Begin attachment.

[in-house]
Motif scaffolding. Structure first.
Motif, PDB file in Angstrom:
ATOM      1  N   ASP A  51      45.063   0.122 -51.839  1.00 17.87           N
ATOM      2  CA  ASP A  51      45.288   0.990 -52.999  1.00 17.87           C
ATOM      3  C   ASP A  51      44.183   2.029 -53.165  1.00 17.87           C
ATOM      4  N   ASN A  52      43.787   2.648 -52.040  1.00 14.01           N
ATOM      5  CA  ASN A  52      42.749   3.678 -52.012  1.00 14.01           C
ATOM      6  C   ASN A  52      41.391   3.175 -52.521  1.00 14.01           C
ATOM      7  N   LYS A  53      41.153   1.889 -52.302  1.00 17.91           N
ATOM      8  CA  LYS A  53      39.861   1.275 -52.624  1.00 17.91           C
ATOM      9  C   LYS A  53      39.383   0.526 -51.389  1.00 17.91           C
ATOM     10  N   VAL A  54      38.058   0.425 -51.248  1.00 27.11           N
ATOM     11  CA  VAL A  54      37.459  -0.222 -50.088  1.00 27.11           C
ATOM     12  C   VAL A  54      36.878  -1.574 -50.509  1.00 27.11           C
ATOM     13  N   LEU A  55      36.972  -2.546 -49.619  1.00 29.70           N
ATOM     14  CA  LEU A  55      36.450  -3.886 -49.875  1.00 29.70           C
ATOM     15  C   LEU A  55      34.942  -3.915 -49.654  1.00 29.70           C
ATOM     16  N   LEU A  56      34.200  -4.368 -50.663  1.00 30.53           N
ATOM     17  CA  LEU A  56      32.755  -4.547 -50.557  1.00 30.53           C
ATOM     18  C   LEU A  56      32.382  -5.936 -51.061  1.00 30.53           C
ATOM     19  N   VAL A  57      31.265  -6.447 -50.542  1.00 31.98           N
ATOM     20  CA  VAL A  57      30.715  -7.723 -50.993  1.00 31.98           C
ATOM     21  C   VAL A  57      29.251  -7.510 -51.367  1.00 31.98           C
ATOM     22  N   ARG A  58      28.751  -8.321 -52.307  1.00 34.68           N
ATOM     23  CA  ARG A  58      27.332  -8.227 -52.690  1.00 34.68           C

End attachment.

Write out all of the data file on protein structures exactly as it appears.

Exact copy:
[in-house]
Motif scaffolding. Structure first.
Motif, PDB file in Angstrom:
ATOM      1  N   ASP A  51      45.063   0.122 -51.839  1.00 17.87           N
ATOM      2  CA  ASP A  51      45.288   0.990 -52.999  1.00 17.87           C
ATOM      3  C   ASP A  51      44.183   2.029 -53.165  1.00 17.87           C
ATOM      4  N   ASN A  52      43.787   2.648 -52.040  1.00 14.01           N
ATOM      5  CA  ASN A  52      42.749   3.678 -52.012  1.00 14.01           C
ATOM      6  C   ASN A  52      41.391   3.175 -52.521  1.00 14.01           C
ATOM      7  N   LYS A  53      41.153   1.889 -52.302  1.00 17.91           N
ATOM      8  CA  LYS A  53      39.861   1.275 -52.624  1.00 17.91           C
ATOM      9  C   LYS A  53      39.383   0.526 -51.389  1.00 17.91           C
ATOM     10  N   VAL A  54      38.058   0.425 -51.248  1.00 27.11           N
ATOM     11  CA  VAL A  54      37.459  -0.222 -50.088  1.00 27.11           C
ATOM     12  C   VAL A  54      36.878  -1.574 -50.509  1.00 27.11           C
ATOM     13  N   LEU A  55      36.972  -2.546 -49.619  1.00 29.70           N
ATOM     14  CA  LEU A  55      36.450  -3.886 -49.875  1.00 29.70           C
ATOM     15  C   LEU A  55      34.942  -3.915 -49.654  1.00 29.70           C
ATOM     16  N   LEU A  56      34.200  -4.368 -50.663  1.00 30.53           N
ATOM     17  CA  LEU A  56      32.755  -4.547 -50.557  1.00 30.53           C
ATOM     18  C   LEU A  56      32.382  -5.936 -51.061  1.00 30.53           C
ATOM     19  N   VAL A  57      31.265  -6.447 -50.542  1.00 31.98           N
ATOM     20  CA  VAL A  57      30.715  -7.723 -50.993  1.00 31.98           C
ATOM     21  C   VAL A  57      29.251  -7.510 -51.367  1.00 31.98           C
ATOM     22  N   ARG A  58      28.751  -8.321 -52.307  1.00 34.68           N
ATOM     23  CA  ARG A  58      27.332  -8.227 -52.690  1.00 34.68           C